Christian religion that aligns itself with societal trends runs the risk of becoming indistinguishable from our culture. William Hordern, a recently deceased Canadian theologian and a mentor of mine would say, “It fails to tell the world something the world is not already telling itself.”
Several weeks ago, my wife, Marlene, and I attended the Advent Procession of Lessons and Carols at Christ Church, Calgary. It is an annual event that I find to be the ideal way to begin my own Advent preparation. I was impressed, this time, by “A Word about Advent,” included in the worship guide and prepared by one of the clergy to explain the purpose of the service. I take the liberty to quote the Ven. M. Ansley Tucker, the rector, with her permission:
“These days, even our secular culture is beginning to resist pre-Christmas saturation—mall music, tinsel, glitter, and the ubiquitous pressure to buy, buy, buy and give, give, give. The Church sees the four weeks leading up to Christmas as a completely distinct season, with its own themes and preoccupations, to which Christmas emerges as a welcome and surprising answer. So, before we move too quickly to the babe in the manger, and angelic choruses, shepherds in the field abiding, we pause to consider what might be described as ‘the human condition.’
“If Christmas is to be more than a lovely story, we need to know what need it answers. This service then, pulls up deliberately short of the birth of Jesus and the familiar carols of the Christmas season, and invites us instead to ponder our need for divine intervention, the ‘darkness’ from which we long to emerge, our hope for something better, and our conviction that one day, the ‘tree of life’ will no longer be forbidden to us.”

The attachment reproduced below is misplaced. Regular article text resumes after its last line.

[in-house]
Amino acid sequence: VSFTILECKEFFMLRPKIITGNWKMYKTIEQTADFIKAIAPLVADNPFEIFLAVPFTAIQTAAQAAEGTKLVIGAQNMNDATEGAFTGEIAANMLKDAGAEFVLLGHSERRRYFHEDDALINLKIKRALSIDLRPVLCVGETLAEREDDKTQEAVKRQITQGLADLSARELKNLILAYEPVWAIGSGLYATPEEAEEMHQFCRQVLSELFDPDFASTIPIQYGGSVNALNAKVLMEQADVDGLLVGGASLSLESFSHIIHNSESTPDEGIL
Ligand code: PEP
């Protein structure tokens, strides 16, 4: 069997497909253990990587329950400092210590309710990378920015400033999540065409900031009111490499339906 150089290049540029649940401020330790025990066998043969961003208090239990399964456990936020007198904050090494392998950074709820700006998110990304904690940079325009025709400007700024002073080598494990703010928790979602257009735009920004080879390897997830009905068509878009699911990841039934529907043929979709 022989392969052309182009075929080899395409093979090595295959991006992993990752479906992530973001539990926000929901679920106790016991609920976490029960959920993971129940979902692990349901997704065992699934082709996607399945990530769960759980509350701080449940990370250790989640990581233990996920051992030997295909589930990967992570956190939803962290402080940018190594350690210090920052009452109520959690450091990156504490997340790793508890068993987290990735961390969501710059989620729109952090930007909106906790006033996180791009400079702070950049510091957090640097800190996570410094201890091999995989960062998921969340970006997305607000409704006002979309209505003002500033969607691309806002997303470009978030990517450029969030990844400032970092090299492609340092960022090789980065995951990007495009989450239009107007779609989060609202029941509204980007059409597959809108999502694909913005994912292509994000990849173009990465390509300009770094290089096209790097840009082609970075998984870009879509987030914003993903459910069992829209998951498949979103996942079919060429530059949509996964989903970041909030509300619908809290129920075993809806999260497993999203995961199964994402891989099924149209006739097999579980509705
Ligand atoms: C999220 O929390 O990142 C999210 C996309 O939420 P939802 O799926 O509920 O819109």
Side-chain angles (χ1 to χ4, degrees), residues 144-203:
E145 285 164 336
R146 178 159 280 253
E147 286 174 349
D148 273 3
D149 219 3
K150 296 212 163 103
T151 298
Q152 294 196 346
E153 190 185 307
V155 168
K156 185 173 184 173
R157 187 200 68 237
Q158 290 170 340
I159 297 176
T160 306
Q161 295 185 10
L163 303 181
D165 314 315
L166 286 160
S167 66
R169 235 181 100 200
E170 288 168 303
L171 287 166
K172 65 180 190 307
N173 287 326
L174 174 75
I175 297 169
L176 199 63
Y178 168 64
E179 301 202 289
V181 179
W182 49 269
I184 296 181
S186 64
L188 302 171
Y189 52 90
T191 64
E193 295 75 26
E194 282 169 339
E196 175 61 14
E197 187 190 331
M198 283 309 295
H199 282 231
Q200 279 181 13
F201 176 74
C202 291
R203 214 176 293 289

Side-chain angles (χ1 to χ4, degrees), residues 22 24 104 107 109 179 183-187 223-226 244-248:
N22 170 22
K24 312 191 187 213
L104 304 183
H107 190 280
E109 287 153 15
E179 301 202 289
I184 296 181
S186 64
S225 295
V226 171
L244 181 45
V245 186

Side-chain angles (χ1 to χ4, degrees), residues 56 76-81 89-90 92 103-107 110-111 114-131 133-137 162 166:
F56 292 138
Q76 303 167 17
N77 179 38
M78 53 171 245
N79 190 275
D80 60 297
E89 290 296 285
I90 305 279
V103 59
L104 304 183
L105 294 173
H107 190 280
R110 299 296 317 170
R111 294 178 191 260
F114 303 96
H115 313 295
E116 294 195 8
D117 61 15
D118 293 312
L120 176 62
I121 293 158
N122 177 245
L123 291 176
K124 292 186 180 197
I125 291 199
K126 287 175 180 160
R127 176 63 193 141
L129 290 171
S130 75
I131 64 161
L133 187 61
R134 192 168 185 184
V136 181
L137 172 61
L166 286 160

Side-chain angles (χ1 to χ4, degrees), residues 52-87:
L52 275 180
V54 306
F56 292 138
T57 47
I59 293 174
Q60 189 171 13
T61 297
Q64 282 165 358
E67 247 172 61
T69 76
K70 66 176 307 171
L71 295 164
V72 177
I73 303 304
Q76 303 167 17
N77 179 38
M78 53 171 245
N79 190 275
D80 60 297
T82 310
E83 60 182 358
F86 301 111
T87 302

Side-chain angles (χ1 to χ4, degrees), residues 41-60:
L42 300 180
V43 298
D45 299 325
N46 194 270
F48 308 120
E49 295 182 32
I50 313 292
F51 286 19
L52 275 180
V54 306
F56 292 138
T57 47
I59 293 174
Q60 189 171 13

Reflecting on William Hordern’s striking contribution and M. Ansley Tucker’s service notes led me to an important realization. The church does have a distinct Advent message that is not mere mimicry of what is going on all around us.
The biblical message—beginning with the Hebrew Bible, the New Testament and our various Christian traditions—speaks of God’s intervention into a world enshrouded by darkness, our hope for better things and our anticipation that we will indeed come to know good from evil in the same way God does.
When I speak of being “countercultural,” I don’t mean being “anti-culture.” We are very much part of our culture. It is in that context that we need to make our Christian witness. I think of Dietrich Bonhoeffer, who spoke of God as being “transcendent in the very midst of life” and that our faith stance must attempt something similar.
Well-planned and celebrated services of Advent and Christmas can provide us with spiritual discernment and vitality to help us live creatively and hopefully. Many people out there are onto something when they hesitate to participate in secular Christmas expressions like buying and giving.
God grant us the ability to recognize and reflect that something more.
Wayne A. Holst teaches religion and culture at the University of Calgary and helps to co-ordinate adult spiritual development at St. David’s United Church in Calgary.